Obama Pivots To Reclaim Reputation as Negotiator-In-Chief

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Charles Dharapak / AP

President Barack Obama speaks in the State Dining Room of the White House in Washington on Oct. 17, 2013

President Barack Obama has a new message for congressional Republicans today: let’s talk.

“I will look for willing partners wherever I can to get important work done,” the president said Thursday morning, announcing he intends to work with Congress to pass an annual budget, comprehensive immigration reform, and a farm bill.

Fresh off his victory over House Republicans in twin fiscal crises, the president is preparing an about-face after weeks of swearing off any negotiations with the GOP to fund the government and raise the debt limit. Not only that, but he is also setting the stage to criticize the opposition if they decline to put everything on the table.

It’s the completion of a months-long White House strategy on the debt limit that whittled away at the president’s preferred public image as moderate dealmaker. After getting rolled in 2011, Obama swore to his staff that he wouldn’t again get held hostage over the debt limit. Earlier this year, Obama laid down that no-negotiation promise in a statement on the New Year’s fiscal cliff deal, and he stood by it. There were no serious talks. No secret back-channel negotiations. No Joe Biden. Aides on both sides of Pennsylvania Ave. described meetings with congressional leaders last week as more to please the media than a reflection of any attempt to make progress.

Aides admit they were wary of the impact of Obama’s hardline position during the shutdown, especially as Republicans passed piecemeal bills to reopen slices of the federal government last week. Business leaders called on the president to throw Republicans a lifeline. Senate Democrats instinctively rushed to cut rogue deals. They fretted the rebuke from the “David Gergen caucus” of beltway pundits. But more than anything, it posed a danger to the Obama brand. He ran for office in 2008 insisting that he was open to negotiating with Iran without preconditions. He had pledged to change the way business is done in Washington and bridge the partisan divides.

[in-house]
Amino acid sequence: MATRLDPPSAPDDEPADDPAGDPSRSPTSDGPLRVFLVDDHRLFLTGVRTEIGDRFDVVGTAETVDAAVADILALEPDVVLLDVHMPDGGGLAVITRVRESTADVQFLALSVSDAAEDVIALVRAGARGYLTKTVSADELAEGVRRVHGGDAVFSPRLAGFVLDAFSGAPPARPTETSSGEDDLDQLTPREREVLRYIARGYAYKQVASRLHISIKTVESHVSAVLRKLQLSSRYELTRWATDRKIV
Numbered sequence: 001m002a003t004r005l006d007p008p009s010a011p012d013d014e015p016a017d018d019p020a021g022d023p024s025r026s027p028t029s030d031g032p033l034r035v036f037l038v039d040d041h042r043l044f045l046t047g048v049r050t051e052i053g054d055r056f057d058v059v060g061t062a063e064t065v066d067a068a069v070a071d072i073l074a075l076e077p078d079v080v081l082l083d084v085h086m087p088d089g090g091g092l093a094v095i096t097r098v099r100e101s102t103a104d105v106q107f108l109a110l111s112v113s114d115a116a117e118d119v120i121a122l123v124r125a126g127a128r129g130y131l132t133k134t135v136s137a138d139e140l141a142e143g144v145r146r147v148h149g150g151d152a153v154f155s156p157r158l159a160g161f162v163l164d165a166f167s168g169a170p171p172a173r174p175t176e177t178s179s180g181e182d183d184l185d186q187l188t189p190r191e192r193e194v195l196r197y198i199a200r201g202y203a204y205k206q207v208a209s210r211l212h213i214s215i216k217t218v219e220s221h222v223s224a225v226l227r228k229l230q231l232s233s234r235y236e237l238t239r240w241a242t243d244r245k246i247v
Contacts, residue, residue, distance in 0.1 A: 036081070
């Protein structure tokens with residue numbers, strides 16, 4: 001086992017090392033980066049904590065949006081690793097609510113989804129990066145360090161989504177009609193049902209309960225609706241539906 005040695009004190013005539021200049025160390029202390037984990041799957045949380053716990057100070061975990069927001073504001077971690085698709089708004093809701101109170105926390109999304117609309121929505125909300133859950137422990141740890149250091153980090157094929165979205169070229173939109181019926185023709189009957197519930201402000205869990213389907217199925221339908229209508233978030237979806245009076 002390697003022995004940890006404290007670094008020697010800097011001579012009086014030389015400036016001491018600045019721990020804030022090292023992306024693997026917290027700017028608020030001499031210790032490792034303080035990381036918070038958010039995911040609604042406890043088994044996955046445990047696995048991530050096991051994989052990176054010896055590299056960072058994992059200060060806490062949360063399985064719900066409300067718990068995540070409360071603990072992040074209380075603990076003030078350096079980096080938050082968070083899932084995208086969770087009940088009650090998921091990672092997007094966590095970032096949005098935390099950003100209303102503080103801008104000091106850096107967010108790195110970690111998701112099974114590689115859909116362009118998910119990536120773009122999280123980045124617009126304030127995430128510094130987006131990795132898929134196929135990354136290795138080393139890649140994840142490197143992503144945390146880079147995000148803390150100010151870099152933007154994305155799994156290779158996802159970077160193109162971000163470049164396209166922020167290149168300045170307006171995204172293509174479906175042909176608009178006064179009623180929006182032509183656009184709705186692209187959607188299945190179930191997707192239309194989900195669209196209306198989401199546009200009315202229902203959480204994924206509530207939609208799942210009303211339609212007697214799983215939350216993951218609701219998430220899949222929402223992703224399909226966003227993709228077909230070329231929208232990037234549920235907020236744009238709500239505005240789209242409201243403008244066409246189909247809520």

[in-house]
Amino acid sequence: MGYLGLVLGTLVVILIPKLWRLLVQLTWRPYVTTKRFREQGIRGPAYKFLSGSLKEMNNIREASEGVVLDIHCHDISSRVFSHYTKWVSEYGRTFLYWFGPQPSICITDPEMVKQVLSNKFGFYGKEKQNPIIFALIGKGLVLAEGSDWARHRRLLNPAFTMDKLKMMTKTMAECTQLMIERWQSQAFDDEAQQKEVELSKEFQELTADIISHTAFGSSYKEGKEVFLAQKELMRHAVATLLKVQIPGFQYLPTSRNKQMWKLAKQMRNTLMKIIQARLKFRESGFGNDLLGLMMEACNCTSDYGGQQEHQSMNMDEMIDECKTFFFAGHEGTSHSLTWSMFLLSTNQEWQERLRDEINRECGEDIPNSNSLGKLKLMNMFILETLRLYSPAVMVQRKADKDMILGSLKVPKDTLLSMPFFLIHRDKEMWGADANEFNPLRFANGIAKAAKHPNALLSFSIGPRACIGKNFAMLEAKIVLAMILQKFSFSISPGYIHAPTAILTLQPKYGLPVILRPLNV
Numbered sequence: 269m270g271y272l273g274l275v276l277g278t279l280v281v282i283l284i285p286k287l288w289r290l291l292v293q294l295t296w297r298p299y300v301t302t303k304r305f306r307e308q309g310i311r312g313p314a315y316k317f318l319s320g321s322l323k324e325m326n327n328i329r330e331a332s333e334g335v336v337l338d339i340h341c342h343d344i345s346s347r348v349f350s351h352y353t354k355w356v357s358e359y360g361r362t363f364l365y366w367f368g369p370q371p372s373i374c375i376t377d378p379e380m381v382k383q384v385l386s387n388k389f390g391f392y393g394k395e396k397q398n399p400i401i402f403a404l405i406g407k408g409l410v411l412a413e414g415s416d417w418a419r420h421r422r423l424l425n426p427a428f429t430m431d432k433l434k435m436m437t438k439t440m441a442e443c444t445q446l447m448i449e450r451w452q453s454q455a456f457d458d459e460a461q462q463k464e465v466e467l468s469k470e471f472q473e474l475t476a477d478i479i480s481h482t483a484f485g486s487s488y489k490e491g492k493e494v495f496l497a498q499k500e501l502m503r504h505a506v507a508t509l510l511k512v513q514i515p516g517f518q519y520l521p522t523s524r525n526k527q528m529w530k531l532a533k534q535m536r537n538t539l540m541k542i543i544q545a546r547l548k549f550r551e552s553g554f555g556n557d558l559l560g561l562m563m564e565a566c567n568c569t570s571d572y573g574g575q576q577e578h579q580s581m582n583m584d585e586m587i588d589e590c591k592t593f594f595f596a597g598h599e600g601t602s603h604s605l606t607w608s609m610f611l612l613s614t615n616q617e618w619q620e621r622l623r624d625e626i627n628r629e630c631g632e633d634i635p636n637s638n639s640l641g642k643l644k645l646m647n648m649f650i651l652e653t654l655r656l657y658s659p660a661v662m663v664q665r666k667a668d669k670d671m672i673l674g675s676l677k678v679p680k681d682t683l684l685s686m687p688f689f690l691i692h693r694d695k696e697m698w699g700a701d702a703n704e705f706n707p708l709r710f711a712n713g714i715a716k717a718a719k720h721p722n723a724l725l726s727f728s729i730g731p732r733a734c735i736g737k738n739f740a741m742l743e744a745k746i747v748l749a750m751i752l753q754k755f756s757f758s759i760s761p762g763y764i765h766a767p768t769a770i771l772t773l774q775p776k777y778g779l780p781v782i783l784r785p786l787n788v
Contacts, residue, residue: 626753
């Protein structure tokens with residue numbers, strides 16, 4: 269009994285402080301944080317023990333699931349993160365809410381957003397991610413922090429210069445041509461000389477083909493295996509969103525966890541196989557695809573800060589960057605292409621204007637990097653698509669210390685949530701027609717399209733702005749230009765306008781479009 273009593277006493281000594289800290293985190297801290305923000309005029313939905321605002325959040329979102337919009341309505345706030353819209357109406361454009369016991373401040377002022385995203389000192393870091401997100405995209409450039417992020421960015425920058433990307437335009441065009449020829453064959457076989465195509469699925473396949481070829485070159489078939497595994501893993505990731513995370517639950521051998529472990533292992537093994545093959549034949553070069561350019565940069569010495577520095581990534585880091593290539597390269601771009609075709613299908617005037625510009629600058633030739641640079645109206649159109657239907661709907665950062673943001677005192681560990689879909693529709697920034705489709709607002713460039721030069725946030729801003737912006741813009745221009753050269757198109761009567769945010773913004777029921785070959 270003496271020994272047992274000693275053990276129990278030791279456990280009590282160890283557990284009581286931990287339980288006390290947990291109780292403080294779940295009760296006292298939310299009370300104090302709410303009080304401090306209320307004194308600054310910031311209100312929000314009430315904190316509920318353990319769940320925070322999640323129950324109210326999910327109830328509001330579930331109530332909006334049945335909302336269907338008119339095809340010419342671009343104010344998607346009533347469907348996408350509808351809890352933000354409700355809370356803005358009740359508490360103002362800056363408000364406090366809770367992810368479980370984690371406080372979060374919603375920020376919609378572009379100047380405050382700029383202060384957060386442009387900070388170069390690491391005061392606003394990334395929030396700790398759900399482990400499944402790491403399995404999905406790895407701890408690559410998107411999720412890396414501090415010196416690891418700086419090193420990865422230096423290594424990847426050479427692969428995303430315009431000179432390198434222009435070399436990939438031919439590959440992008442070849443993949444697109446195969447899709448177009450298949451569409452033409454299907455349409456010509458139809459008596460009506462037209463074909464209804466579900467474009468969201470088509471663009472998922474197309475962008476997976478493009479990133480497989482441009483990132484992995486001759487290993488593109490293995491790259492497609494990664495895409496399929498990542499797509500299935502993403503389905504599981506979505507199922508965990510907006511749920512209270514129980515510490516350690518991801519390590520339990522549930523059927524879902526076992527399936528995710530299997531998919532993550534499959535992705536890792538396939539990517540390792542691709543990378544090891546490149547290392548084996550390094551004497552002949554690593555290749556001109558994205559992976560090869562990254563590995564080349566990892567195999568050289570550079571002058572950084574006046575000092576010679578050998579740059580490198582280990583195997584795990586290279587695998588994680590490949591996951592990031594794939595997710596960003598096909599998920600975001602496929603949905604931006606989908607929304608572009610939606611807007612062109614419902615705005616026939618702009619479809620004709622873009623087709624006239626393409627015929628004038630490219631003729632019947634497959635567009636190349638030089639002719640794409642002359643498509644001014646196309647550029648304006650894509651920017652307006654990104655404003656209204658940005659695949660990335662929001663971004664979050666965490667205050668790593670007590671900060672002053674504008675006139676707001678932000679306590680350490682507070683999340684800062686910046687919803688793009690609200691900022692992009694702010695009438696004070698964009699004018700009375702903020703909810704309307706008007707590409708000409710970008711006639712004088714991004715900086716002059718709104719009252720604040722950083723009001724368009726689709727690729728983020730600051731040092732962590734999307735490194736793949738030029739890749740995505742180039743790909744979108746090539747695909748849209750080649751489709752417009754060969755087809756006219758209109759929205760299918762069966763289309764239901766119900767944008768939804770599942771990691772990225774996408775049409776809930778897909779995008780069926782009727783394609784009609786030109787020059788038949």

As the afterglow of an end to the shutdown quickly faded, Obama turned his focus to the next crisis in a morning address at the White House, taking a swing at the tea party and extending an olive branch to moderate Republicans.

“You don’t like a particular policy or a particular president, then argue for your position,” Obama said in a shot at the GOP. “Go out there and win an election.”

“Sometimes we’ll be just too far apart to forge an agreement,” Obama added. “But that should not hold back our efforts in areas where we do agree. We shouldn’t fail to act on areas that we do agree or could agree just because we don’t think it’s good politics, just because the extremes in our party don’t like the word ‘compromise.'”

It was an echo of his message from the night before. “I am willing to work with anybody, I am eager to work with anybody—Democrat or Republican, House or Senate members—on any idea that will grow our economy, create new jobs, strengthen the middle class, and get our fiscal house in order for the long term,” Obama said Wednesday evening before the House voted to reopen the government. On Thursday he laid out his remaining priorities, though nobody at the White House is holding their breath that Republicans will change course.

According to White House officials, the president will adopt the same strategy for dealing with the upcoming crises as he has in the past. He still won’t negotiate over the debt limit, but he is open to reaching a budget deal if Republicans are willing to put everything on the table. “The President has insisted that in these budget negotiations that he’s been calling for all year, everything has to be on the table, and that will be his position going forward,” White House Press Secretary Jay Carney said Wednesday.

And if Republicans don’t, Obama will be ready to brand them as uncompromising.